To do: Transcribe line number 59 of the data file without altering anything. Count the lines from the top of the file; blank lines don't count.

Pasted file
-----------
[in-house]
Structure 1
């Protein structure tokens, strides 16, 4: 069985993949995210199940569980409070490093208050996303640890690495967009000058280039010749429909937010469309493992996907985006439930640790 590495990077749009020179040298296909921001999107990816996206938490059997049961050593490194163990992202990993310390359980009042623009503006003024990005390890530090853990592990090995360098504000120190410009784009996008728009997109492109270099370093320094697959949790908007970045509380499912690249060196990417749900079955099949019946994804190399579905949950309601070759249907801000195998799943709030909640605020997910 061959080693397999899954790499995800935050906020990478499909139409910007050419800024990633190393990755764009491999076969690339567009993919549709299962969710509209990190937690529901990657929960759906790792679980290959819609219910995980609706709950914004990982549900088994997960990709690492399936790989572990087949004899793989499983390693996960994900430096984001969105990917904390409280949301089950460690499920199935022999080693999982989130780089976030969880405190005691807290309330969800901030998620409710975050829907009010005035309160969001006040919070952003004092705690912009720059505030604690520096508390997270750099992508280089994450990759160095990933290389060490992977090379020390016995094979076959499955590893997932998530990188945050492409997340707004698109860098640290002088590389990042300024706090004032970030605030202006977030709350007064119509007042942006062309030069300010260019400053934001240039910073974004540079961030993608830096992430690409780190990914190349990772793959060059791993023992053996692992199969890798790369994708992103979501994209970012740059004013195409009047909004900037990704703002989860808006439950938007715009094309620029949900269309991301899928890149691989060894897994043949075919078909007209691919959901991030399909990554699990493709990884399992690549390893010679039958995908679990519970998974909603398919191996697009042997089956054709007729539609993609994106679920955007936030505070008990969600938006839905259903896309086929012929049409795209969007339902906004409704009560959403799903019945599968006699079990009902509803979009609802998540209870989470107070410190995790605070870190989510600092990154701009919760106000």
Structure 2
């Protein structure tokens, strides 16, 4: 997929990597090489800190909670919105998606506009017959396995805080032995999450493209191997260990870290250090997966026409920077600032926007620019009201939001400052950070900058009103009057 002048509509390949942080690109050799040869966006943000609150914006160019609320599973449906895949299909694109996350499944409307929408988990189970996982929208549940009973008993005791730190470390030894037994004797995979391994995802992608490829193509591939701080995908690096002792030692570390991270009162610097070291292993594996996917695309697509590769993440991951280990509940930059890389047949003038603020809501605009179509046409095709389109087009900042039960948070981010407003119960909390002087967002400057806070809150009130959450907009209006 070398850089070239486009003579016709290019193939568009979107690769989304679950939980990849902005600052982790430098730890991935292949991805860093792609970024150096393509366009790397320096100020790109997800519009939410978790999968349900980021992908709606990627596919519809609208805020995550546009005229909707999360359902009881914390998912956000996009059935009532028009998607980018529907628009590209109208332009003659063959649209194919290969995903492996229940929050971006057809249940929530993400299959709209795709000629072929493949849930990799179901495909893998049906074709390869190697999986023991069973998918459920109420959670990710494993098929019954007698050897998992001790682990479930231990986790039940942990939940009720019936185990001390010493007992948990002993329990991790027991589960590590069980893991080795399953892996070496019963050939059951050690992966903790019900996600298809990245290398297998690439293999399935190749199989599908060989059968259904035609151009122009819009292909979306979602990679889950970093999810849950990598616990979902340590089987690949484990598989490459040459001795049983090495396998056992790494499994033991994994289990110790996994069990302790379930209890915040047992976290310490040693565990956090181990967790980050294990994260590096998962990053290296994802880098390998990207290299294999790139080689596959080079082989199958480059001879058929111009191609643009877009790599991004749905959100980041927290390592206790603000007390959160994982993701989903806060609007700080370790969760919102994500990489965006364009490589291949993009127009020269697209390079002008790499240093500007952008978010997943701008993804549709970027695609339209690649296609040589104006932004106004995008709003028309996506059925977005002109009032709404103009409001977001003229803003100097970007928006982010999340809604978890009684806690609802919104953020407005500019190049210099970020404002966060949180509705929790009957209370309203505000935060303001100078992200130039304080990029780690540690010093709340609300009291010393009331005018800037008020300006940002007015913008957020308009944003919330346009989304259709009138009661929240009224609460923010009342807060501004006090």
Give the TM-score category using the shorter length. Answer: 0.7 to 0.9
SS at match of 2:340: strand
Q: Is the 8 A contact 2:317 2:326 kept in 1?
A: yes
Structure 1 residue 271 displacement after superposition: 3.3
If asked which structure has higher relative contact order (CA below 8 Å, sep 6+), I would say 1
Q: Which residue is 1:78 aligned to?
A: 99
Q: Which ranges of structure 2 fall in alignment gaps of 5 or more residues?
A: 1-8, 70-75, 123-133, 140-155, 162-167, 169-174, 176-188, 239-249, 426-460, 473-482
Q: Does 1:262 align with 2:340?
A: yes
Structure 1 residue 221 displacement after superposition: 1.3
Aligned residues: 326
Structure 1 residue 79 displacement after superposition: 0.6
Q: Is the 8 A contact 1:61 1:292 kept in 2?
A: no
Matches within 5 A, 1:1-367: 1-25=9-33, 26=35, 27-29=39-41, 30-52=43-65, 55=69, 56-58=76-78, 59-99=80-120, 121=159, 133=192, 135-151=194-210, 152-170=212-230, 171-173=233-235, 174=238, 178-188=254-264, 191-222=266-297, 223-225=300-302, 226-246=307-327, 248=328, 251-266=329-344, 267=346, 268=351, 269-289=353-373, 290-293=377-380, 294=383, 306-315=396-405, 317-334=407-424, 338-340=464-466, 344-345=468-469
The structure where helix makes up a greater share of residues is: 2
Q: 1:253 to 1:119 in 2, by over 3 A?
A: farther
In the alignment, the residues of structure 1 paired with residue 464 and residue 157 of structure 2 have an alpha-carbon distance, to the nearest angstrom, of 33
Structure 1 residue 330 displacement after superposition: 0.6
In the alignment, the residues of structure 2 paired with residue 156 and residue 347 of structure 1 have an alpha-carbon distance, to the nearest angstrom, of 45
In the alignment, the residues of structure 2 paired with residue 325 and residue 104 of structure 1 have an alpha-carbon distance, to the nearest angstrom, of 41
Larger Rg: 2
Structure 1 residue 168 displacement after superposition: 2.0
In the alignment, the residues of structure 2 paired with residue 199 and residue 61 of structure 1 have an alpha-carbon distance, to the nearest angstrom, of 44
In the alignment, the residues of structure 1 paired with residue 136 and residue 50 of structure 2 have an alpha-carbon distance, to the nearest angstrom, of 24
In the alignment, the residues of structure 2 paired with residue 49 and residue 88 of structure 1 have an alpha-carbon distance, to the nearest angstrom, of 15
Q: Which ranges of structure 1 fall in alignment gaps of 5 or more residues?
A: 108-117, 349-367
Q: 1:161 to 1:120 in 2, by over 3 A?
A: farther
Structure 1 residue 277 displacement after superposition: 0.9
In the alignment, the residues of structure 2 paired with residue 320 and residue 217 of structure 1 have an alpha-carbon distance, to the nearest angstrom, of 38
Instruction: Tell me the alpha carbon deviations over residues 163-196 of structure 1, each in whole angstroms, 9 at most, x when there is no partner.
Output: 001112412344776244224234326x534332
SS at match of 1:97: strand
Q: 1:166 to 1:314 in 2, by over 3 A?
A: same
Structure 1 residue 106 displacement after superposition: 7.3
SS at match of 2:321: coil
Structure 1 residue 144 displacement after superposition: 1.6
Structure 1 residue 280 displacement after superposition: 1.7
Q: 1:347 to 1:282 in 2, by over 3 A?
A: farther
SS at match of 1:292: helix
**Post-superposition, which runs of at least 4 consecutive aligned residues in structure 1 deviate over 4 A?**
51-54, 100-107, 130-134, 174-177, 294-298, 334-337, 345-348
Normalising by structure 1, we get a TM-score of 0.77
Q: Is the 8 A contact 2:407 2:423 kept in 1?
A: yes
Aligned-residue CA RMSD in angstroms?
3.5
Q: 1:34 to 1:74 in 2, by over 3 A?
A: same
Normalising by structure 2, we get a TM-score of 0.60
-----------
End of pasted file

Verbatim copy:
Aligned-residue CA RMSD in angstroms?